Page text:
Too often, climate change policy is oversimplified to false choices: renewables versus fossils, economy versus environment, 100% reductions versus inaction. The reality is this: solutions must make a clean energy transition cheaper and faster while preserving economic growth and reflecting the global nature of the challenge. Solutions exist, but before we get to them, it’s important to become grounded with an understanding of where we are today.
“The climate is always changing!” That’s a point you often hear, and it’s true, temperatures have gone up and down a lot in the last 2 million, or so, years. When you look at the really long-term trends, we are currently at the end of one of the goldilocks periods — not too hot, not too cold — during which all human civilization happened. Based on the long-term trends, Earth should actually be getting a lot colder now, not warmer.
So to oversimplify, staying in a goldilocks spot where we know humans flourish is a good thing. But, these false choices lead to inaction and put that at risk.
Today, the changing climate is largely caused by larger amounts of greenhouse gases being emitted into the air. Another way to think about this; like a bathtub being filled with water, greenhouse gases are building up in the atmosphere. Carbon dioxide, the most common greenhouse gas, is not toxic like a normal pollutant – we all breathe it in and out all the time. It’s also plant food, so plants help “drain” carbon dioxide from the atmosphere. But, like a bathtub, if it fills faster than plants can manage, a little overflow is not ideal, and significant overflow will cause all kinds of problems.
The buildup, or overflow, of carbon dioxide could have lasting measurable impacts on weather patterns around the world. The buildup, or overflow, of carbon dioxide could have lasting measurable impacts on weather patterns around the world. Since 1980, the United States has spent $1.75 trillion in Disaster Recovery from 258 “billion-dollar events.” From 2014 to 2018 — the United States has seen an average of 13 billion-dollar disasters every year. This is all deficit spending– and it’s been going up like crazy. If we don’t better prepare, we increase deficit spending. According to FEMA, every $1 spent on pre-disaster mitigation saves on average $4.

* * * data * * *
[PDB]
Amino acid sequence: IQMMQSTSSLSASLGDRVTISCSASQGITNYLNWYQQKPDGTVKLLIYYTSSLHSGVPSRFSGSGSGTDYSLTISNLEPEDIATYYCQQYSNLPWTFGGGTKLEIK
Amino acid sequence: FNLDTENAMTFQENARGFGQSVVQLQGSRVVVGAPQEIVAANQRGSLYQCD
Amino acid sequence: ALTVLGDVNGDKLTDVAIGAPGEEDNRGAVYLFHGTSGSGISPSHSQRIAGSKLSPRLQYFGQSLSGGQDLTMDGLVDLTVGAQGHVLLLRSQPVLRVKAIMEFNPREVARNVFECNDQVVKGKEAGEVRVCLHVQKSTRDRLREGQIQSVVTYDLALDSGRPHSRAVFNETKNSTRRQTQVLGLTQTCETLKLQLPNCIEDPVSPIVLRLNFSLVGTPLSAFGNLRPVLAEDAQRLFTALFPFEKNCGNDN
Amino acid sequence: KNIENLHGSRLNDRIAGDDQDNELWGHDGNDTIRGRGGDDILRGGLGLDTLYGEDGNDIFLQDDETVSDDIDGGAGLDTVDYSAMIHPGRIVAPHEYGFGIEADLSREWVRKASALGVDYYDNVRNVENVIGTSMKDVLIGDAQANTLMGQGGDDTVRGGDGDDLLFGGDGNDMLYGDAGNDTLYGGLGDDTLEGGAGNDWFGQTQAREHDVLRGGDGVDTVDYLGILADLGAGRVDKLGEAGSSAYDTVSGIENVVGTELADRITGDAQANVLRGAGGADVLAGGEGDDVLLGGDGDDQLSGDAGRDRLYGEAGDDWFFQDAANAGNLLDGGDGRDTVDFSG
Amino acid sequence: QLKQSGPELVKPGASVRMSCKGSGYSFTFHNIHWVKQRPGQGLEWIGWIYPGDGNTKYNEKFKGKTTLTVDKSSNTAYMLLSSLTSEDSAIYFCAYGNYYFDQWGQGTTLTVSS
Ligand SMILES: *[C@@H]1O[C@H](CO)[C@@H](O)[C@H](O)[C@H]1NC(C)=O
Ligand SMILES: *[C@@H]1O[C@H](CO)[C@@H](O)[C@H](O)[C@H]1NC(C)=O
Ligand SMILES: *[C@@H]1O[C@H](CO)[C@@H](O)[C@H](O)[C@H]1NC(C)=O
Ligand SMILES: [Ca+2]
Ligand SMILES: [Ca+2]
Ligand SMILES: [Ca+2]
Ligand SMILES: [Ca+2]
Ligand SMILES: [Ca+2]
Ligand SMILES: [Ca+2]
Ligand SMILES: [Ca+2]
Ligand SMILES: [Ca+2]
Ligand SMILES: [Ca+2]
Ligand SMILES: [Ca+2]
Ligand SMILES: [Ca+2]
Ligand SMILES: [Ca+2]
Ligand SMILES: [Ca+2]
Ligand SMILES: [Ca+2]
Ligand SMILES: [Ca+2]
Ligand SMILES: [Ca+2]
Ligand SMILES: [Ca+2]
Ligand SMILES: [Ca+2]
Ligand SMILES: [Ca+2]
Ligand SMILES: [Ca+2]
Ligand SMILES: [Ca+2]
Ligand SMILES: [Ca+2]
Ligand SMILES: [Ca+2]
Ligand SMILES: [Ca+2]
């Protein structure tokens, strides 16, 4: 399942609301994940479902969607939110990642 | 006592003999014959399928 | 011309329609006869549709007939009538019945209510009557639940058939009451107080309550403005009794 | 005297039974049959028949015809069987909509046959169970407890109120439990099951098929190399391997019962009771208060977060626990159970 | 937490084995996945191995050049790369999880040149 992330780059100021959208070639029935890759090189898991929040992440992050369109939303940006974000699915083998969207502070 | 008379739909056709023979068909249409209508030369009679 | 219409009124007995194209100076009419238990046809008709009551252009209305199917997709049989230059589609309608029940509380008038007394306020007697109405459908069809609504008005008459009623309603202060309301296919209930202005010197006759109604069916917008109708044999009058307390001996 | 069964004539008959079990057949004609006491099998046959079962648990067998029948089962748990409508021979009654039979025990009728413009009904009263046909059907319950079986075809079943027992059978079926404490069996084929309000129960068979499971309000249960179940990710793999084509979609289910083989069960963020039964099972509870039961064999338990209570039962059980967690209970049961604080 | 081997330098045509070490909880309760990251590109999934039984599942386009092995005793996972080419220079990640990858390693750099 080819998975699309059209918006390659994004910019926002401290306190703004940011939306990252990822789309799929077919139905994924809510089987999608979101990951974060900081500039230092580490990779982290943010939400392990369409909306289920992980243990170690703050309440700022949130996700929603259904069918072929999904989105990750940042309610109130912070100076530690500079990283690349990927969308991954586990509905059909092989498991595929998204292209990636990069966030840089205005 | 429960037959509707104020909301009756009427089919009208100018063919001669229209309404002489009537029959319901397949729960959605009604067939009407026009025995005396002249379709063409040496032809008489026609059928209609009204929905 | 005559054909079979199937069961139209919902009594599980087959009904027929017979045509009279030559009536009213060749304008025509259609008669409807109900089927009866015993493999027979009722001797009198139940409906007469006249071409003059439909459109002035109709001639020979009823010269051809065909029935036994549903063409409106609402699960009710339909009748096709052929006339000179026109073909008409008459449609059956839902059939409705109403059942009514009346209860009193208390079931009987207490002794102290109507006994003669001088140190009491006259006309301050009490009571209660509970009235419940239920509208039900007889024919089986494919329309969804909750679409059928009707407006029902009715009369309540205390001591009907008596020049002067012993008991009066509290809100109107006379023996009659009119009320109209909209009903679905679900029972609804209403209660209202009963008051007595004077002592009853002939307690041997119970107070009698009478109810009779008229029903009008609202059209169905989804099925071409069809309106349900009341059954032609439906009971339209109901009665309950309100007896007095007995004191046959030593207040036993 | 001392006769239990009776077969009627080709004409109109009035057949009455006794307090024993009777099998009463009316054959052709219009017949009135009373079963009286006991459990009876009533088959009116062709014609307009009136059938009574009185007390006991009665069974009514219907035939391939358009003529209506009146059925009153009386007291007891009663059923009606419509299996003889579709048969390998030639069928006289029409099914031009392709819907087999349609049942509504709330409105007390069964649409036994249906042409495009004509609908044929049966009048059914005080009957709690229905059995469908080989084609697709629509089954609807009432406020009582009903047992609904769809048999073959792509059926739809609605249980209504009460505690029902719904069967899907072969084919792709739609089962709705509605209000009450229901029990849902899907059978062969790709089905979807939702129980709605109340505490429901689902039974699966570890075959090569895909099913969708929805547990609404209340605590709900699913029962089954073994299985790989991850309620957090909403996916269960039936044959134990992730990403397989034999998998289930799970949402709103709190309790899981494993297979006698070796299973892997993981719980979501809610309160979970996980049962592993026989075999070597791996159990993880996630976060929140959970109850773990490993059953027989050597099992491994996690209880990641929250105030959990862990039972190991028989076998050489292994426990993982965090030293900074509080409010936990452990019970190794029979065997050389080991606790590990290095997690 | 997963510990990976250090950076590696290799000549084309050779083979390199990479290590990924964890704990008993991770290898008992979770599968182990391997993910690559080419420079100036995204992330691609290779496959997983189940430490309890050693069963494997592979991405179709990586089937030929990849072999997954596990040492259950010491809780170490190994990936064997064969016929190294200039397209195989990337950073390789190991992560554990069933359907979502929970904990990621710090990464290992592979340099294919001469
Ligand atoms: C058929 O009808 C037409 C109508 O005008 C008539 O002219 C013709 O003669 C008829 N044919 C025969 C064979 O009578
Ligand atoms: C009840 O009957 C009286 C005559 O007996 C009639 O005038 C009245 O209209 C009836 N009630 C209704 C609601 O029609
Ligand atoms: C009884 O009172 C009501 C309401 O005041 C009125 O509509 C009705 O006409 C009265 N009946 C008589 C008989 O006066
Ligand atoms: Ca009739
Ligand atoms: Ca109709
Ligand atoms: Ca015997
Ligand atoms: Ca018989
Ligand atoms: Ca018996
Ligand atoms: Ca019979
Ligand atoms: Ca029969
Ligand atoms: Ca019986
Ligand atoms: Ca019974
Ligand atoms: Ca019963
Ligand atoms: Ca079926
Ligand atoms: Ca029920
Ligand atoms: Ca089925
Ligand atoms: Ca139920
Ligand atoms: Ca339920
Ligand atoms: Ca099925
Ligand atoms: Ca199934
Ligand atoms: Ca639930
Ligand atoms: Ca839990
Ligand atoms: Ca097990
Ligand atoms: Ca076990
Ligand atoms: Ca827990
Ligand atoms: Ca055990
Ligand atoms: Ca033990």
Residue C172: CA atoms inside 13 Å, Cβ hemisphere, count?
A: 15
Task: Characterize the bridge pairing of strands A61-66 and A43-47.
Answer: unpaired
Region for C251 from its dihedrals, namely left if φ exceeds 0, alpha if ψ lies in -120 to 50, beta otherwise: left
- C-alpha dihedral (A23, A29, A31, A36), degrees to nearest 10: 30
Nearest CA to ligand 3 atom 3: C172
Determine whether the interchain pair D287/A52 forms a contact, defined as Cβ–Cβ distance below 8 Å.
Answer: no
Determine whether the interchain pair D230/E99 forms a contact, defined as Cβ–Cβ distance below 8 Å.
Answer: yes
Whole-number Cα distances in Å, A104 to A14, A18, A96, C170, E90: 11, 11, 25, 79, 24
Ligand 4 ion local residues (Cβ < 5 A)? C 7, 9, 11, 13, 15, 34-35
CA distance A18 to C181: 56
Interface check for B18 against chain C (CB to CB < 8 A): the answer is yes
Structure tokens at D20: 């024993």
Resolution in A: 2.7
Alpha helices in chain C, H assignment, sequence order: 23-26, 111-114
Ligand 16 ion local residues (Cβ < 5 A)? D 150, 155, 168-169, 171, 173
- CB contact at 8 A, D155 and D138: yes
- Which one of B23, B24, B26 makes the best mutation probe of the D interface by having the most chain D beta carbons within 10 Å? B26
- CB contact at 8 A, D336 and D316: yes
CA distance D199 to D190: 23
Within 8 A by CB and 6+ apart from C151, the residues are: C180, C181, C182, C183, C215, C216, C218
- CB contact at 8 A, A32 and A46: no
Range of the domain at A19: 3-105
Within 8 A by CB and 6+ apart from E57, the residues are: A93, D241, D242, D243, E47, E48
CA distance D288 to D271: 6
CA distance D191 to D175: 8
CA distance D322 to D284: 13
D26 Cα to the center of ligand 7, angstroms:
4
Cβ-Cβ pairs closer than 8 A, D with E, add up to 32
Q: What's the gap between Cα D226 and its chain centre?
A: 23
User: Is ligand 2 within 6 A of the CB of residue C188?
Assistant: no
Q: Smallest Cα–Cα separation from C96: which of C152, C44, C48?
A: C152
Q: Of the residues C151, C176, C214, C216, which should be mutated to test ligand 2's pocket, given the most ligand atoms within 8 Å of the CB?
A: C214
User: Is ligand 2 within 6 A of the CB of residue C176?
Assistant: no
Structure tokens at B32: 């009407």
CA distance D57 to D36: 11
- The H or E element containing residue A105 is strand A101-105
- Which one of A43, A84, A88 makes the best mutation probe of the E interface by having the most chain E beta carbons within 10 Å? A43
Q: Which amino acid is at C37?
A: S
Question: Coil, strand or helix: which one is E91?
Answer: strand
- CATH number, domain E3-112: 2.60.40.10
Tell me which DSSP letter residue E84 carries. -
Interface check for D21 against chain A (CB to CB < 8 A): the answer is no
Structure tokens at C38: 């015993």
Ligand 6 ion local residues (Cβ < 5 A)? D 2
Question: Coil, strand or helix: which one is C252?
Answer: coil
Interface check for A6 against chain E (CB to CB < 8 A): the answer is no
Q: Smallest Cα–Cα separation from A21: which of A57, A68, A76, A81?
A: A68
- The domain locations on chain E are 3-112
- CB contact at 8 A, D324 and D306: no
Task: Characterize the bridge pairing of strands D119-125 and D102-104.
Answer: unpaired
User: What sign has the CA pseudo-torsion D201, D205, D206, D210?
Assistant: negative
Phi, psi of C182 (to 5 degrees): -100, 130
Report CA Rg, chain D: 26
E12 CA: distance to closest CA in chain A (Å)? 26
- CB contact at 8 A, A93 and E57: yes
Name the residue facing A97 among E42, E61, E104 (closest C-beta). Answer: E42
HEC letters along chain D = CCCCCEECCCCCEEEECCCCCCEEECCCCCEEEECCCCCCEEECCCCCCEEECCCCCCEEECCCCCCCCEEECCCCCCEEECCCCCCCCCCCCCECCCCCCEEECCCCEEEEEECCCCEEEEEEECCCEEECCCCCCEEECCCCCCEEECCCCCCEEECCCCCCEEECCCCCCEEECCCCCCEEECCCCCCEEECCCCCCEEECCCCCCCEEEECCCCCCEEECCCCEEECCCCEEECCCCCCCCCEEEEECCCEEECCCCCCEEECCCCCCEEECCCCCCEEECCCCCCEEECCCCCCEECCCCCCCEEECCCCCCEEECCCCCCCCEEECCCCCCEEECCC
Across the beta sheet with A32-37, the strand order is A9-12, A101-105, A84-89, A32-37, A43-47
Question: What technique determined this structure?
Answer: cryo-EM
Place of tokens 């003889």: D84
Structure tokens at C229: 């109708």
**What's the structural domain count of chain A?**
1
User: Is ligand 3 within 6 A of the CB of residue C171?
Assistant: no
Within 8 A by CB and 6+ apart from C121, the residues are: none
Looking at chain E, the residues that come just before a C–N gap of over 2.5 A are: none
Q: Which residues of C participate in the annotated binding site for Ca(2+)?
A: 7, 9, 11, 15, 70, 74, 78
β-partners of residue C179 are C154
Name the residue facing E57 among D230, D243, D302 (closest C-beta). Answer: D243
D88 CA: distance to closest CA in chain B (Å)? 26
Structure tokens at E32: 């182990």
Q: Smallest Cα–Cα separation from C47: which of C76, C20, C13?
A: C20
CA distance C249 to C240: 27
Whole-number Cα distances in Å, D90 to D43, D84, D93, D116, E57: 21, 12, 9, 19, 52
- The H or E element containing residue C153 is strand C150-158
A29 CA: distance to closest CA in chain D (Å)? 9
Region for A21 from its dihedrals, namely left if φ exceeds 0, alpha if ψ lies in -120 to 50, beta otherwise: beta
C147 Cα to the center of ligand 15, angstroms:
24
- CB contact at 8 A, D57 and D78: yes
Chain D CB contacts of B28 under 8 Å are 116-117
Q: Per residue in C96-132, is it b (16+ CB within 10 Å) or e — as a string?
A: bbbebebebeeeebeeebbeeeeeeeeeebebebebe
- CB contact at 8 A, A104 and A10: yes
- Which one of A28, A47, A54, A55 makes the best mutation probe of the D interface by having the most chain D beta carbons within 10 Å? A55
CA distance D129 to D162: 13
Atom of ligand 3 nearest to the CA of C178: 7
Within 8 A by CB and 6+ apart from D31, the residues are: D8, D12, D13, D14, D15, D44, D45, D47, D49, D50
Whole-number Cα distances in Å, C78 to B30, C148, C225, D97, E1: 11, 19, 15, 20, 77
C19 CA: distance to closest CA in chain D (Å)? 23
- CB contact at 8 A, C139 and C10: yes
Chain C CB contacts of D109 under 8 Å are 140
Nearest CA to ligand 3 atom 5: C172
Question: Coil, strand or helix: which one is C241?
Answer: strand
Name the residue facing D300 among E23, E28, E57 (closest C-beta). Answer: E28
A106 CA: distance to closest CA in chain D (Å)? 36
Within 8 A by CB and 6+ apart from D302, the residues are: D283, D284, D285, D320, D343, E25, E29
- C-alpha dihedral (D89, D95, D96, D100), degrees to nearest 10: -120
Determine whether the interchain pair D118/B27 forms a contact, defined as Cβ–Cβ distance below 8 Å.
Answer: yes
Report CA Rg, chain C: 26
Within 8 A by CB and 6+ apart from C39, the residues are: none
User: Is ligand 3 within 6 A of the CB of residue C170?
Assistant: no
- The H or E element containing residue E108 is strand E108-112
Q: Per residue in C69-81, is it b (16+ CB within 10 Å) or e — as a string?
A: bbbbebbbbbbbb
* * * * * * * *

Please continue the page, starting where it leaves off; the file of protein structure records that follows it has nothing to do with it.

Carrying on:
Although increased carbon dioxide emissions are a reason, deliberating the science and long- term climate models can be weaponized and often leads to a dead-end political debate instead of solutions. As conservatives, ClearPath studies how to accelerate market-driven clean energy and climate solutions. We are constantly tracking how the private sector thinks about climate change in a free market economy. The trend has become abundantly clear — America’s largest utilities like Duke and Southern, energy producers like Exxon and Oxy, agriculture companies like Monsanto and Cargill, and financial institutions and other leaders are making long-term business decisions responding to climate change and investing in solutions.
To understand ClearPath’s mission — accelerating clean energy innovation — it is important to know where this excess carbon dioxide comes from, and how a free market can respond and thrive. Making electricity and heat is currently the largest source of emissions in the world. This is why ClearPath works in the power sector. ClearPath believes clean energy technologies developed in America can benefit and transform the rest of the world, like we’ve done in the past with natural gas, nuclear and solar power. Finding ways to make energy both more clean and affordable to solve climate change is a concept supported by thought leaders from Bill Gates to House Republican leadership.
In any debate, or simple dinner table discussion, don’t fall into the false choices trap — renewables or fossil fuels, economy or environment, 100% reductions or no action — that can cloud potential policy solutions.
False Choices on Climate
To act clear-eyed on climate change: avoid the political misconceptions, understand the basic facts, and consider solutions that reduce carbon dioxide emissions using conservative policies rooted in American innovation.